Sunday, May 17, 2015

It’s a Woman’s World (at least in art)

By Judy Feldman | www.wildemeyer.com

Portrait of Adele Bloch-Bauer I , by Gustav Klimt
photo source: Wikipedia
Recently, I saw the movie, “The Woman in Gold,” about the painting of Adele Bloch-Bauer by Gustav Klimt. I’m sure most of you know the story behind this amazing painting. If not, see the movie or read the book!

In brief, this glorious painting, was finally returned to Adele Bloch-Bauer’s niece after it had been stolen by the Nazis and kept in Austria. She then sold it to Ronald Lauder for $135 million. It now hangs in the Neue Gallery in New York, where everyone can enjoy it.

Although Klimt knew his subject well, he chose to portray her in his symbolist style. Her beautiful face is dreamy and arresting, but the rest of the painting is an amazing design, rendered exquisitely in oil paint and gold leaf, with many patterns in her dress and on the wall behind her.

I started thinking about how the female figure has always inspired artists, since the very beginning of visual art. While we can appreciate the classical depictions of women, it’s interesting to see how artists have interpreted this subject differently.

In Your Dreams
Jacqueline Rochester
Looking though the works of Wilde Meyer artists, I see that there are just a few who paint the female figure. (Many prefer dogs, horses or cows!) Jacqueline Rochester, one of the gallery’s older artists, is deceased, but several of her paintings are still handled by Wilde Meyer. I’m particularly drawn to them because I see the influence of Matisse, and, like me, she portrays inviting places where you’d like to be. The figure is important, but it’s not the only interesting part of her work.

In her biography, she said, “My paintings are a word of youth, a secret world of leisure and play, of lovely places…It’s a world apart from today’s realism and society’s struggles.” Her painting entitled “In Your Dreams” is a good example. The well-dressed figure is looking out pensively, and behind her are the elements of a cozy home: colorful rugs, part of a chair, dogs and a rocking horse. Although these elements are not arranged in a traditional way, we can understand the story. The open composition style and the way she shows only part of most objects makes the painting more interesting to me.

White Orchids
Jacqueline Rochester

“White Orchids” is another painting that reminds me so much of Matisse because of its flat perspective and the simple rendering of the two women with just solid shapes and no worries about shading or small details. It’s another inviting scene, with many allusions to women: a domestic setting, and the feminine touch of flowers in the bowl, on a pillow, in a woman’s arms and on the wall (a painting which reminds me of Georgia O’Keefe -- a feminist!).

The Good in Everything
Andrea Peterson


Andrea Peterson, a young artist at the gallery, sees painting the female figure as a way of expressing herself. She says that the imagery she presents is an extension of her dreams. “The Good in Everything” is indeed a woman’s story. Andrea explained that the coy fish represent luck and prosperity; the white flowers are purity and goodness. Her loose painting style in this work help to convey the sense of floating through a dream.

Andrea’s women are portrayed in many different ways. The figure in “The Rider” is completely different; she looks determined and commanding as she leads her horse. Her dress is modern, even a little sexy for a horse rider (maybe her pants are in the barn). Then, in another style, Andrea invokes her inner Degas in the painting entitled “Corps de Ballet.”   She said, “In this painting, I was working with composition, focusing on the body poses. I liked showing the back view of the dancers, making them anonymous, and thus asking the viewer to think about their expressions.” The beautiful pastel hues and Andrea’s painterly brushwork for the background give the work great energy. The dancers look as if they just finishing twirling!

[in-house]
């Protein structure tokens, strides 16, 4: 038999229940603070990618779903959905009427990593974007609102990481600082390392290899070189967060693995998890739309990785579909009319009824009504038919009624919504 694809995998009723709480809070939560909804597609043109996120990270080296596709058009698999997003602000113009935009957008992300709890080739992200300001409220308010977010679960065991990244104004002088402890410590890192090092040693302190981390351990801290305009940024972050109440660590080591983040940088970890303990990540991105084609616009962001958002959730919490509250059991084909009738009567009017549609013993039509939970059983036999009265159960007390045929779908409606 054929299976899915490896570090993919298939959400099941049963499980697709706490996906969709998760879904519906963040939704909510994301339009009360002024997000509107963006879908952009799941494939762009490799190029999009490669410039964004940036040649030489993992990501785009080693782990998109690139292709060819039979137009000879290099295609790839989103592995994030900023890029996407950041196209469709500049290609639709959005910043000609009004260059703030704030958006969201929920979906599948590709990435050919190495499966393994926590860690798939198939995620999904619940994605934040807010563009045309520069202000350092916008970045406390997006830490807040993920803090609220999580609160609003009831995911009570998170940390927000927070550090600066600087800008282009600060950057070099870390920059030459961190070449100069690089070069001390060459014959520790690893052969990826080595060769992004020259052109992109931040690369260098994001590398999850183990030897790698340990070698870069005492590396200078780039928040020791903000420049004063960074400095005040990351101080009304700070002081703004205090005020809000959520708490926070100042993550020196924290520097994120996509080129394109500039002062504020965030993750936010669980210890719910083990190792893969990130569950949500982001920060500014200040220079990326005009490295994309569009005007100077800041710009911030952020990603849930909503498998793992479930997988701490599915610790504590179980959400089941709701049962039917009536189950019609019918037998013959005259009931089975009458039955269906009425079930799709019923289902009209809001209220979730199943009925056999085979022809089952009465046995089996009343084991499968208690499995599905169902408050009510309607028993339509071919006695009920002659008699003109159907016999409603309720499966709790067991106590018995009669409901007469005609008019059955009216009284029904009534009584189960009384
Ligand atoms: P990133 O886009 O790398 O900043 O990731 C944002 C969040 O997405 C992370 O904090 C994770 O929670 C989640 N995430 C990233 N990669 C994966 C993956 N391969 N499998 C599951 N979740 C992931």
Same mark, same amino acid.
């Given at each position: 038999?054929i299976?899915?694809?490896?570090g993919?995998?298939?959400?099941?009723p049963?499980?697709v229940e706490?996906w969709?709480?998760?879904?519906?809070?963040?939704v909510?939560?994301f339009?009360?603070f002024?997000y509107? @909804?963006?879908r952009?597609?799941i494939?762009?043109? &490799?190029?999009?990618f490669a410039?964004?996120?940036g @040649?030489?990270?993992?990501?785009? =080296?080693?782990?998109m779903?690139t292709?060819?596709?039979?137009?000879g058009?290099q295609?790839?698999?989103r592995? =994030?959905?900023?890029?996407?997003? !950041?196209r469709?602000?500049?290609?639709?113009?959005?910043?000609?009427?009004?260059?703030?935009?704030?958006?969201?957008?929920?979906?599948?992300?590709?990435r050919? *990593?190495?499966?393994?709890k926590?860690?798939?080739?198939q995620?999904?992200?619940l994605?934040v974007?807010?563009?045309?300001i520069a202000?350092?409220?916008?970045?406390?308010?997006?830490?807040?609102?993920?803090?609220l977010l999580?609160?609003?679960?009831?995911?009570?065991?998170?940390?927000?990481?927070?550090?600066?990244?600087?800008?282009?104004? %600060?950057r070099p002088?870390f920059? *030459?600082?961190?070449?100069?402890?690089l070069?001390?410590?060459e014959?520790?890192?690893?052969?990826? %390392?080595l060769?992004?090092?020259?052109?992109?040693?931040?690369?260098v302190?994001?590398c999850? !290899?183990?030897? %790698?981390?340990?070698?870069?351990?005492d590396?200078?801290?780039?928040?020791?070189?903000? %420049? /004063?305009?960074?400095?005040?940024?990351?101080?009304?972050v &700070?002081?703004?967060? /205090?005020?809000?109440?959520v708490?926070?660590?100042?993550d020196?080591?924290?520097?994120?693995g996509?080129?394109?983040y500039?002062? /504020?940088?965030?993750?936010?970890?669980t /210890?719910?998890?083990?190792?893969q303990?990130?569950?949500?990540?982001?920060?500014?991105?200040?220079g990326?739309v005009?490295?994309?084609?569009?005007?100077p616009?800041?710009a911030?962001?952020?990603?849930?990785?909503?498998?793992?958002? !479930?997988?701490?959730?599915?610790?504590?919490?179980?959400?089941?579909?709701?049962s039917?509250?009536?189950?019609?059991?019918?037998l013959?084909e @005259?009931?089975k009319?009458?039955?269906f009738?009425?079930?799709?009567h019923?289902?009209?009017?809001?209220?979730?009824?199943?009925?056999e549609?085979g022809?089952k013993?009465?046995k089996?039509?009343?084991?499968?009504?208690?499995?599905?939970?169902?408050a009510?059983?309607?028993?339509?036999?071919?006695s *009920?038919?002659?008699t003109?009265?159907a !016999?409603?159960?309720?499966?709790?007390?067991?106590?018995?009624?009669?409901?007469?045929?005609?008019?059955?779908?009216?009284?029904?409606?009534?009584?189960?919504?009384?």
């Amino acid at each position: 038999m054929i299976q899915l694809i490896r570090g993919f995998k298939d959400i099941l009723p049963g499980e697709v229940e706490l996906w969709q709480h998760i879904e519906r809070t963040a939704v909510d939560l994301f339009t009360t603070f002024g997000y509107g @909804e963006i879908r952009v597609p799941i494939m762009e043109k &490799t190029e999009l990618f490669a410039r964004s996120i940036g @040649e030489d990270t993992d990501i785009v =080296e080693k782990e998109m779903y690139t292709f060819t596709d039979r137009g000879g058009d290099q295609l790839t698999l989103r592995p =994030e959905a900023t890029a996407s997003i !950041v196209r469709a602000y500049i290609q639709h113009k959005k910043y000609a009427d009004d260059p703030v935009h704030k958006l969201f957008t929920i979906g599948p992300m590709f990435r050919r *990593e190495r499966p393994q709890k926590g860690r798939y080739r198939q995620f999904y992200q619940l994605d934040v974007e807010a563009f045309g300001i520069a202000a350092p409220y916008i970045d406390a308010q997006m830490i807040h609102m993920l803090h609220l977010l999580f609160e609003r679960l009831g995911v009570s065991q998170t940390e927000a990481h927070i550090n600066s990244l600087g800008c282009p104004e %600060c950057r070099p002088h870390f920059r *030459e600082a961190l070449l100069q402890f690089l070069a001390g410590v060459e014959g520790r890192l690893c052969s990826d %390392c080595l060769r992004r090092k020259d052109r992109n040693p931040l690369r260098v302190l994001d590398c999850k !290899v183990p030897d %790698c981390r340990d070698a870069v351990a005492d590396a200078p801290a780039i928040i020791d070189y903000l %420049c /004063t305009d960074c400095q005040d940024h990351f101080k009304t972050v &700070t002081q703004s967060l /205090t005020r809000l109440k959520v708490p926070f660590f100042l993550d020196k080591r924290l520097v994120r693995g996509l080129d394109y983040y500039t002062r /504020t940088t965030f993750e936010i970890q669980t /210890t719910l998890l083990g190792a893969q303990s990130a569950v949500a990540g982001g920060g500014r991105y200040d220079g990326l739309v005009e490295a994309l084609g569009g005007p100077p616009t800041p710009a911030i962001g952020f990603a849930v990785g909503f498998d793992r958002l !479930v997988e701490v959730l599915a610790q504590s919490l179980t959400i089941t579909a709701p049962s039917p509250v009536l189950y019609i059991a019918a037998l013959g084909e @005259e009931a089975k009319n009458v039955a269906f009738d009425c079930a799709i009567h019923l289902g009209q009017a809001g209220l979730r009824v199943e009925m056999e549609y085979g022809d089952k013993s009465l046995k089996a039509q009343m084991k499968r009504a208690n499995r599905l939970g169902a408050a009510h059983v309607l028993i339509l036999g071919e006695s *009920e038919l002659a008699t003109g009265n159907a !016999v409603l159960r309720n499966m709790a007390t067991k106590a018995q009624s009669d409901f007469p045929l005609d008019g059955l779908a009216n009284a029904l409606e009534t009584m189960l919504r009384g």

Corps de Ballet
Andrea Peterson
The Rider
  Andrea Peterson
The women in Linda Carter Holman’s paintings are stylized, with curvy shapes and glowing, innocent faces. Like Jacqueline Rochester, they are part of a story, a quiet life in the Southwest. Her use of bold color and small details on the objects that complete each painting make her work very appealing. The artist takes a simple act or seemingly mundane task, and makes it interesting. Linda has design elements that are symbolic to her and make their way into many of her works. The Calla lilies in the woman’s arm and the goldfish on the pot in “Little Winds” are an example of recurring themes. The woman in the foreground is touching the soil, but seems to be ready to take off and join her two friends as they fly away.

Little Winds
Linda Carter Holman
 
In “Loving Cup,” a bride offers a cup that has attracted two colorful birds. Her white gown and headdress seem to be carrying her aloft. She almost looks swan-like to me. You can see the goldfish again on the drink sticks in the foreground and on the vase in the background holding the calla lilies. There are other things going on in this painting: one woman shoots an arrow into the sky, while another looks on. There are shooting stars in the sky. These women are telling us a story about an event, something that triggered Linda’s creative mind.

Loving Cup
Linda Carter Holman
 
The female figure is often a thought-provoking focal point in a painting. Not too many are as dramatic as Klimt’s portrait of Adele Bloch-Bauer. I plan to have a good look at this famous work, when I visit the Neue Gallery in New York next week!

You can see more art by Jacqueline Rochester, Linda Carter Holman and Andrea Peterson at Wilde Meyer Gallery.